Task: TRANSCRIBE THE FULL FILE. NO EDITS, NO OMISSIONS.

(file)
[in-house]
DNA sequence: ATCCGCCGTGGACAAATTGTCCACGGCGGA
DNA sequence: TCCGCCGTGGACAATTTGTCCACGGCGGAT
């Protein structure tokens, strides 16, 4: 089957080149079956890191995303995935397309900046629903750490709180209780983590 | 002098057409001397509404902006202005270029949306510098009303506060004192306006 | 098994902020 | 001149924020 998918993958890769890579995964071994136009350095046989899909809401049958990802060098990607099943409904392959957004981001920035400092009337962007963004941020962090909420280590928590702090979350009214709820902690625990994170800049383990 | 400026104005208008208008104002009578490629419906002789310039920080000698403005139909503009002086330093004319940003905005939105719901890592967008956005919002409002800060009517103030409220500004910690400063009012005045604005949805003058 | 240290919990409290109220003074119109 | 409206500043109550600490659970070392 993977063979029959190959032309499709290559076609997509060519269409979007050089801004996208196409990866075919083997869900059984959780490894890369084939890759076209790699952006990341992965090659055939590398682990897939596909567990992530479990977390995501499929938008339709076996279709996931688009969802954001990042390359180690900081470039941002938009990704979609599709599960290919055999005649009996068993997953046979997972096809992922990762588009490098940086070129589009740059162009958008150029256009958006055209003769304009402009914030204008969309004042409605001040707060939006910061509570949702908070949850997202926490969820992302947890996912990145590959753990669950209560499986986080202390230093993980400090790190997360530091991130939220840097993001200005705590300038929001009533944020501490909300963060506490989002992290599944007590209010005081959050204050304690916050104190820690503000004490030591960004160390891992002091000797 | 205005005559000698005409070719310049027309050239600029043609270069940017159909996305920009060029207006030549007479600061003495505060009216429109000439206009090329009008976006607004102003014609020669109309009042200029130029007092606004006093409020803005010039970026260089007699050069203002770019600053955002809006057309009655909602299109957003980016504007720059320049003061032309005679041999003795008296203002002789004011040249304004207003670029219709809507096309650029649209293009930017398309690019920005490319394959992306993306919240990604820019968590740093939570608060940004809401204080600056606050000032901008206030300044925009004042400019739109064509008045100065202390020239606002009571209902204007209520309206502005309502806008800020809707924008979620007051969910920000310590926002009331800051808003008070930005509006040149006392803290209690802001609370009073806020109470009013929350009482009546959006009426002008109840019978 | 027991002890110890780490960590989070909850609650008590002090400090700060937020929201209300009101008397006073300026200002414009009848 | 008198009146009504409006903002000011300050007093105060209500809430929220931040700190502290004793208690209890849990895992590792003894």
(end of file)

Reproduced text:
[in-house]
DNA sequence: ATCCGCCGTGGACAAATTGTCCACGGCGGA
DNA sequence: TCCGCCGTGGACAATTTGTCCACGGCGGAT
């Protein structure tokens, strides 16, 4: 089957080149079956890191995303995935397309900046629903750490709180209780983590 | 002098057409001397509404902006202005270029949306510098009303506060004192306006 | 098994902020 | 001149924020 998918993958890769890579995964071994136009350095046989899909809401049958990802060098990607099943409904392959957004981001920035400092009337962007963004941020962090909420280590928590702090979350009214709820902690625990994170800049383990 | 400026104005208008208008104002009578490629419906002789310039920080000698403005139909503009002086330093004319940003905005939105719901890592967008956005919002409002800060009517103030409220500004910690400063009012005045604005949805003058 | 240290919990409290109220003074119109 | 409206500043109550600490659970070392 993977063979029959190959032309499709290559076609997509060519269409979007050089801004996208196409990866075919083997869900059984959780490894890369084939890759076209790699952006990341992965090659055939590398682990897939596909567990992530479990977390995501499929938008339709076996279709996931688009969802954001990042390359180690900081470039941002938009990704979609599709599960290919055999005649009996068993997953046979997972096809992922990762588009490098940086070129589009740059162009958008150029256009958006055209003769304009402009914030204008969309004042409605001040707060939006910061509570949702908070949850997202926490969820992302947890996912990145590959753990669950209560499986986080202390230093993980400090790190997360530091991130939220840097993001200005705590300038929001009533944020501490909300963060506490989002992290599944007590209010005081959050204050304690916050104190820690503000004490030591960004160390891992002091000797 | 205005005559000698005409070719310049027309050239600029043609270069940017159909996305920009060029207006030549007479600061003495505060009216429109000439206009090329009008976006607004102003014609020669109309009042200029130029007092606004006093409020803005010039970026260089007699050069203002770019600053955002809006057309009655909602299109957003980016504007720059320049003061032309005679041999003795008296203002002789004011040249304004207003670029219709809507096309650029649209293009930017398309690019920005490319394959992306993306919240990604820019968590740093939570608060940004809401204080600056606050000032901008206030300044925009004042400019739109064509008045100065202390020239606002009571209902204007209520309206502005309502806008800020809707924008979620007051969910920000310590926002009331800051808003008070930005509006040149006392803290209690802001609370009073806020109470009013929350009482009546959006009426002008109840019978 | 027991002890110890780490960590989070909850609650008590002090400090700060937020929201209300009101008397006073300026200002414009009848 | 008198009146009504409006903002000011300050007093105060209500809430929220931040700190502290004793208690209890849990895992590792003894």